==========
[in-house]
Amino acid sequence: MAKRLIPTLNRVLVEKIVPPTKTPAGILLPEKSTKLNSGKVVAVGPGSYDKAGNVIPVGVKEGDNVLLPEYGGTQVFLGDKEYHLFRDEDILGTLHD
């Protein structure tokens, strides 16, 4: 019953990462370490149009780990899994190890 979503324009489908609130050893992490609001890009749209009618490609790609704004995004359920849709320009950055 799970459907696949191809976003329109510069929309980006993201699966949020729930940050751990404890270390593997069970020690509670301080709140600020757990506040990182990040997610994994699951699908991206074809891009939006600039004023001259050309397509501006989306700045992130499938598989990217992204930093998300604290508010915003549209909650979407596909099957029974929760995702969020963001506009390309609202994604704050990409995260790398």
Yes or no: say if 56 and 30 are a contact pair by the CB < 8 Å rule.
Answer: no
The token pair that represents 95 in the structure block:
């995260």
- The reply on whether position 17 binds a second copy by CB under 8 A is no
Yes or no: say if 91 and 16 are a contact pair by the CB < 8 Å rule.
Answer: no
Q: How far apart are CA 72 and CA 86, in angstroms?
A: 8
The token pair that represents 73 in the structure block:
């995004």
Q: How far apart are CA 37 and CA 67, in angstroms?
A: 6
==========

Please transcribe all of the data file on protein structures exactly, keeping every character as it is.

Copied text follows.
[in-house]
Amino acid sequence: MAKRLIPTLNRVLVEKIVPPTKTPAGILLPEKSTKLNSGKVVAVGPGSYDKAGNVIPVGVKEGDNVLLPEYGGTQVFLGDKEYHLFRDEDILGTLHD
């Protein structure tokens, strides 16, 4: 019953990462370490149009780990899994190890 979503324009489908609130050893992490609001890009749209009618490609790609704004995004359920849709320009950055 799970459907696949191809976003329109510069929309980006993201699966949020729930940050751990404890270390593997069970020690509670301080709140600020757990506040990182990040997610994994699951699908991206074809891009939006600039004023001259050309397509501006989306700045992130499938598989990217992204930093998300604290508010915003549209909650979407596909099957029974929760995702969020963001506009390309609202994604704050990409995260790398």
Yes or no: say if 56 and 30 are a contact pair by the CB < 8 Å rule.
Answer: no
The token pair that represents 95 in the structure block:
């995260």
- The reply on whether position 17 binds a second copy by CB under 8 A is no
Yes or no: say if 91 and 16 are a contact pair by the CB < 8 Å rule.
Answer: no
Q: How far apart are CA 72 and CA 86, in angstroms?
A: 8
The token pair that represents 73 in the structure block:
């995004």
Q: How far apart are CA 37 and CA 67, in angstroms?
A: 6